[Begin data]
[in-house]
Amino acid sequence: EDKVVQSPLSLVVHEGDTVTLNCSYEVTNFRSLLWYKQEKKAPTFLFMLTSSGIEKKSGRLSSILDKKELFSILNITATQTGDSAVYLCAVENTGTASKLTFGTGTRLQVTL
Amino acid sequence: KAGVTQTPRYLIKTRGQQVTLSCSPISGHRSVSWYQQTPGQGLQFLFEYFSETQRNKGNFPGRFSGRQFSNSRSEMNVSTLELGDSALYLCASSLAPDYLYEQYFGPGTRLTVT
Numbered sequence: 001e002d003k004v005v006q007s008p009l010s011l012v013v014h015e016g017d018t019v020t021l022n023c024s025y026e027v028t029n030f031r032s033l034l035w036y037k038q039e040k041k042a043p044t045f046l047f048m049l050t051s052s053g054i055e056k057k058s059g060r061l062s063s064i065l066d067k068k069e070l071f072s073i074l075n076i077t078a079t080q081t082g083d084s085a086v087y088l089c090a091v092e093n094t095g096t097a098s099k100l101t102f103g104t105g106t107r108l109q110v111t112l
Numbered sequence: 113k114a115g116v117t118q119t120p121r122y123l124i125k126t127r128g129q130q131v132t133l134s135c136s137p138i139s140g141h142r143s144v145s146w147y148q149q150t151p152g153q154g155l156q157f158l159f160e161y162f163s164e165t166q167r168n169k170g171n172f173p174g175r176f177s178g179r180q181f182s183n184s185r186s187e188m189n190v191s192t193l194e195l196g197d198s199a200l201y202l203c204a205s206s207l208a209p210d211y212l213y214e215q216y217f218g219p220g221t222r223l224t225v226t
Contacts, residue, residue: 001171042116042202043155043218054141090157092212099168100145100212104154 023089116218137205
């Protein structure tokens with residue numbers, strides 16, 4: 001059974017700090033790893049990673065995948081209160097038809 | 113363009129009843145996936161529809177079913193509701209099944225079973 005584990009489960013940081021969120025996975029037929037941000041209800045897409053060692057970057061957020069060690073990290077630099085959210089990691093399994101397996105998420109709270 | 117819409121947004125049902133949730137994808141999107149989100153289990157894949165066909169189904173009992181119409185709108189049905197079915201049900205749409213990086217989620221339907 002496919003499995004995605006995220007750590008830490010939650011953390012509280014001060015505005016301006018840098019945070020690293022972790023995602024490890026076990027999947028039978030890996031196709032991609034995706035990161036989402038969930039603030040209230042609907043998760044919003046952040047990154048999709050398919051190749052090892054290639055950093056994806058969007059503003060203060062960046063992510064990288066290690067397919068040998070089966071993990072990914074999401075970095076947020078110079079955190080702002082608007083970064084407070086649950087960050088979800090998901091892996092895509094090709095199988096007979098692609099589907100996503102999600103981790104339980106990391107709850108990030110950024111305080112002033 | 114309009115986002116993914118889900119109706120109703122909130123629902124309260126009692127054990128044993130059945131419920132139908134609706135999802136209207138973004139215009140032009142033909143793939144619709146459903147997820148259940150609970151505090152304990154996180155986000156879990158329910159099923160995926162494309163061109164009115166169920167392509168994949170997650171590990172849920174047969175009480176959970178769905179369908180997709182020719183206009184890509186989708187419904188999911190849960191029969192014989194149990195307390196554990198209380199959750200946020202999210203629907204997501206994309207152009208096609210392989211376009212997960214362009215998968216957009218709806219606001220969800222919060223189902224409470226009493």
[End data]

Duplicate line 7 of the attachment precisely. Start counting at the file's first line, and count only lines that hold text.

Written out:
């Protein structure tokens with residue numbers, strides 16, 4: 001059974017700090033790893049990673065995948081209160097038809 | 113363009129009843145996936161529809177079913193509701209099944225079973 005584990009489960013940081021969120025996975029037929037941000041209800045897409053060692057970057061957020069060690073990290077630099085959210089990691093399994101397996105998420109709270 | 117819409121947004125049902133949730137994808141999107149989100153289990157894949165066909169189904173009992181119409185709108189049905197079915201049900205749409213990086217989620221339907 002496919003499995004995605006995220007750590008830490010939650011953390012509280014001060015505005016301006018840098019945070020690293022972790023995602024490890026076990027999947028039978030890996031196709032991609034995706035990161036989402038969930039603030040209230042609907043998760044919003046952040047990154048999709050398919051190749052090892054290639055950093056994806058969007059503003060203060062960046063992510064990288066290690067397919068040998070089966071993990072990914074999401075970095076947020078110079079955190080702002082608007083970064084407070086649950087960050088979800090998901091892996092895509094090709095199988096007979098692609099589907100996503102999600103981790104339980106990391107709850108990030110950024111305080112002033 | 114309009115986002116993914118889900119109706120109703122909130123629902124309260126009692127054990128044993130059945131419920132139908134609706135999802136209207138973004139215009140032009142033909143793939144619709146459903147997820148259940150609970151505090152304990154996180155986000156879990158329910159099923160995926162494309163061109164009115166169920167392509168994949170997650171590990172849920174047969175009480176959970178769905179369908180997709182020719183206009184890509186989708187419904188999911190849960191029969192014989194149990195307390196554990198209380199959750200946020202999210203629907204997501206994309207152009208096609210392989211376009212997960214362009215998968216957009218709806219606001220969800222919060223189902224409470226009493």